New Year’s resolutions are fun to make and talk about, but unless you have super human willpower, you probably have a hard time keeping them just as I do. When I read this survey of employee wishes and resolutions, what jumps out at me is less about the specifics of what workers are thinking about and more on what direction their thoughts are heading.

In other words, if you look at this another way, this survey tells you again that employees are largely dissatisfied — with their jobs, their pay, and where they are in their working life. No wonder so many employee engagement surveys come back with such bad results.

But that’s just my take. Your view may be a little different.

So again, take this list from Glassdoor with a grain of salt, because like most resolutions, these ones will probably be long gone and forgotten by the time February 2013 rolls around.

John Hollon is Vice President for Editorial of TLNT.com, and the former Editor of Workforce Management magazine and workforce.com. An award-winning journalist, he has written extensively about HR, talent management, and smart business and people practices. Contact him at john@tlnt.com, and follow him on Twitter at http://twitter.com/johnhollon
Tags: Change management, Compensation, Engagement, Generational issues, HR management, HR News, HR trends, paid time off, salary increaseShare on emailShare on linkedin|More Sharing ServicesMore

 

3 Things You Need to Do to Close the Prize Hire (Confessions of a Recovering Headhunter)

Some good ideas here for corporate recruiters…..

3 Things You Need to Do to Close the Prize Hire (Confessions of a Recovering Headhunter)

by

Adem Tahiri

 Nov 28, 2012, 6:21 am ET

I’ve always thought corporate recruiters could learn a lot from “headhunters” — not because I’m biased due to years spent in third-party recruitment (both as a recruiter and manager). It’s just that when I came to the “other side” I noticed one glaring weakness.

Corporate recruiters are very “process driven” and not very good, well, “hunters”; at least that tends to be the case for corporate recruiters newer to the profession. They get the procedures down quickly but they just haven’t been exposed to the world of recruiting and closing higher-level talent. More senior corporate recruiters, on average, have been exposed to both sides and may already use some of the principles I’ll discuss.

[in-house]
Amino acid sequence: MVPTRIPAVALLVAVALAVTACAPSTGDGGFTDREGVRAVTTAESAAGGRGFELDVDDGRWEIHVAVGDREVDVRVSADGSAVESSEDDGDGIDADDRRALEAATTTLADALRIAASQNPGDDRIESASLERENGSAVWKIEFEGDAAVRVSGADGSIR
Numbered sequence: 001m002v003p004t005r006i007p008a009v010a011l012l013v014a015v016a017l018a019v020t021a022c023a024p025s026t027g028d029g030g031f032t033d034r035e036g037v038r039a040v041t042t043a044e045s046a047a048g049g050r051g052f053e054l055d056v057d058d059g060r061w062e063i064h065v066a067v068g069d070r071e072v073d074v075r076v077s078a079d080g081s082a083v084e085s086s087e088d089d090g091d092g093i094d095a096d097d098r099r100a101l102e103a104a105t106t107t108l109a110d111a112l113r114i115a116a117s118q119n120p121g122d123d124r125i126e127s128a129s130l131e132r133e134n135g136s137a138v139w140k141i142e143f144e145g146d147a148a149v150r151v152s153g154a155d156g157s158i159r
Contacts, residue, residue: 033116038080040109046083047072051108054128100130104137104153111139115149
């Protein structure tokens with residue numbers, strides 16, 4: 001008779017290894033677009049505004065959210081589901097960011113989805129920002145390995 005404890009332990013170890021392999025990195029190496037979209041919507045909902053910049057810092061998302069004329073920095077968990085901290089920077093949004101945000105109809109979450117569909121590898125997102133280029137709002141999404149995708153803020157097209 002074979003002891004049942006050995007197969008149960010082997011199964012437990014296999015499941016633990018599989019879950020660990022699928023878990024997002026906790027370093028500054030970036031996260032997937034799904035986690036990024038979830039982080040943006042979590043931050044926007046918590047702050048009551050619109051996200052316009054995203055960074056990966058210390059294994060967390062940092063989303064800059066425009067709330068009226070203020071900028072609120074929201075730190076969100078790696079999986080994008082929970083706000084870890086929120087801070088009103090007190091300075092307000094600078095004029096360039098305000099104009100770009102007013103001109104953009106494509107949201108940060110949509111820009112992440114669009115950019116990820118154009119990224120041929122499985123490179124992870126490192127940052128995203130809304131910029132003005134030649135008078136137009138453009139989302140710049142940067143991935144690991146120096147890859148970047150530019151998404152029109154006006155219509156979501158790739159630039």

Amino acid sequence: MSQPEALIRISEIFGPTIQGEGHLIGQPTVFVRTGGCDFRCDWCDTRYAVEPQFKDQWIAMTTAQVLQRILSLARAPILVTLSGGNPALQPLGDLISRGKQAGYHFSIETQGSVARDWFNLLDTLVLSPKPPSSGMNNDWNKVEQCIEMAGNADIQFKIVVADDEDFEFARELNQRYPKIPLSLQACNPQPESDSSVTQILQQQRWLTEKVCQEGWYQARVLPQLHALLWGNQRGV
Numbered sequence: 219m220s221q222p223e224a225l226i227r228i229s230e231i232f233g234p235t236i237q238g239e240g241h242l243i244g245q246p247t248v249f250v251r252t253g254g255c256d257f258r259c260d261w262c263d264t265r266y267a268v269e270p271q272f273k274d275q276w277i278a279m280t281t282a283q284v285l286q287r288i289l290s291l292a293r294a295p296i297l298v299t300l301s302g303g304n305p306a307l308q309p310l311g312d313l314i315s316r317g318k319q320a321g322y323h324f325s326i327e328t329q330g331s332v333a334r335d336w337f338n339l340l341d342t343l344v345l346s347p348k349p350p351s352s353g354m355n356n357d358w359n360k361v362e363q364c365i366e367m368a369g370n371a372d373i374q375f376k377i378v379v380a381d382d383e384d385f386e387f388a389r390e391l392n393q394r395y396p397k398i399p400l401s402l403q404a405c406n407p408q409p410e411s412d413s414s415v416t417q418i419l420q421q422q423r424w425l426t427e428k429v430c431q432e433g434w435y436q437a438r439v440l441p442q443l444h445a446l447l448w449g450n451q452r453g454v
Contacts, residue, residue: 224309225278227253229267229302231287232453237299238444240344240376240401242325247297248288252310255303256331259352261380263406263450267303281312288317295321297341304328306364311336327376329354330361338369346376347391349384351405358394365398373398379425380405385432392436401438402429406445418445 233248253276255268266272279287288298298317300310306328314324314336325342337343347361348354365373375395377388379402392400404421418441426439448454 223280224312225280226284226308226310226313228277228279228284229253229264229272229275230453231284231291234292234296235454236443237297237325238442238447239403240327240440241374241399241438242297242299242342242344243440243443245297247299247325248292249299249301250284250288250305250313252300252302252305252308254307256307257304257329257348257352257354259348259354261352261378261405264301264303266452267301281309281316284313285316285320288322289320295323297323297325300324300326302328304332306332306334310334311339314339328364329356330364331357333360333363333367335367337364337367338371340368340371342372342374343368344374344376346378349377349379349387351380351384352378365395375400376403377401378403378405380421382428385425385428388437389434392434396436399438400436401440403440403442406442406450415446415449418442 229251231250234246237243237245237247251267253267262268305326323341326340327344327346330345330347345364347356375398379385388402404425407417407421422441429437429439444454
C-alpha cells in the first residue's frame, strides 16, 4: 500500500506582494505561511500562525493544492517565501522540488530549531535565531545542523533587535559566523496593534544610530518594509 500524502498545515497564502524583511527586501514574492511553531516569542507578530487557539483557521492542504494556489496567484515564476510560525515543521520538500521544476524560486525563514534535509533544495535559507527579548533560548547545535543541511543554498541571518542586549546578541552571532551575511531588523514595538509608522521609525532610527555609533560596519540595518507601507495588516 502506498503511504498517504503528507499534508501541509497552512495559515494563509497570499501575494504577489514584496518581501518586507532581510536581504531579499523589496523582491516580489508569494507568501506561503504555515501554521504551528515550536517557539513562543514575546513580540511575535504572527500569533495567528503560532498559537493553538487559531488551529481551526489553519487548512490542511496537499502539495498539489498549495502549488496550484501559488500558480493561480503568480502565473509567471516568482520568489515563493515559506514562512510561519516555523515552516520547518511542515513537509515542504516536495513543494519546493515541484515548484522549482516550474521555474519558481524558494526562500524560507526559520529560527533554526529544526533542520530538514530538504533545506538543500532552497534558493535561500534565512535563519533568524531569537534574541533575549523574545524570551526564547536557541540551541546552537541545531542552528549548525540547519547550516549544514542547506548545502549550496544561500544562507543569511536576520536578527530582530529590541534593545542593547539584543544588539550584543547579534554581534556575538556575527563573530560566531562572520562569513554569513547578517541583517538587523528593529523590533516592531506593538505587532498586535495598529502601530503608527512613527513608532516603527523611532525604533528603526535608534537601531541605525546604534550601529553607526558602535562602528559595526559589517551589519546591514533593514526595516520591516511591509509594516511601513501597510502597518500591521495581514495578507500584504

A few quick facts about recruiting top talent in the U.S. Currently in the U.S. unemployment is hovering around 8%, yet, more than 52% of employers (according to the Wall Street Journal) say they cannot fill their positions. How can this be? How can we have, in this economy, a jobs gap of nearly 4 million?

We have a lack of talented folks out there. In the U.S., we graduate nearly five times as many liberal arts majors as we do engineers. What this means for you (Mr. or Mrs. Corporate Recruiter) is that top talent is hard to find, and it’s only going to get harder. Before the “great recession” one of the greatest worries in recruitment was the “coming shortage of a skilled workforce” due to retirements of baby boomers. With Wall Street and 401(k)s rebounding, it’s no surprise to see that, in this market, a machinist can essentially “write their ticket.” Stop for a moment, read that again and let it sink in. Wow.

What this means for you, the corporate recruiter, is that Jane Engineer is in demand and knows it. Yes, unemployment is high, but for a Petroleum Engineer? It’s less than one half of one percent; wow. Your organization is depending on you to find these skilled folks and to close the deal on an offer. This is where “thinking like a headhunter” will help you. Headhunters only know recruiting the skilled, the sought after. If they didn’t, no one would pay their outrageous fees. While we can’t go over every trick and tool to snag top talent, here are three simple things you can do in your next interview to land the “prize hire”:

Ask Open-ended Questions

There are two types of questions (as anyone in sales can vouch): open- and closed-ended. Closed-ended questions are “yes/no” questions like, do you have a dollar to spare? Open-ended questions are of the philosophic variety (call me the recruiting Socrates!) and have no definite answer.

The reason this is so important to landing the “prize candidate” is the same reason it’s important in sales: open-ended questions get people talking. Ask questions that are pointed, but open, like: “If there were a handful of things you could change about your current position, what would they be”?

You can’t be afraid to ask that. As they indulge you, take notes, as these are what I call “doctor questions.”

Just like a doctor asks you “where it hurts,” you want to find the pain and write it down. The pain is what you will use to close the deal.

Side note: open-ended questions are great tools in general. Not just in landing a “prize candidate” but in increasing the quality of your talent pool and avoiding mistakes. They essentially give bad candidates “enough rope to hang themselves,” which is good for you.

The Most Important Words in Recruiting Are…

A mentor (and a boss) of mine, years back, found me on a day when I was unusually ornery. He wanted to know why I was feeling so melancholy. When I told him I had had yet another in-demand candidate back out of a job on me, he gave me invaluable advice in this simple phrase: “the most important words in recruiting are: If, Then, is that Correct”.

I can’t tell you how much those words have helped me. In the short term, I stopped feeling like a victim but in the long term they meant much more.

Likewise, I hope they will for you too. The reason these words are so powerful is because it not only “closes” the candidate but it finds any objections they may have while you still have a chance to overcome them.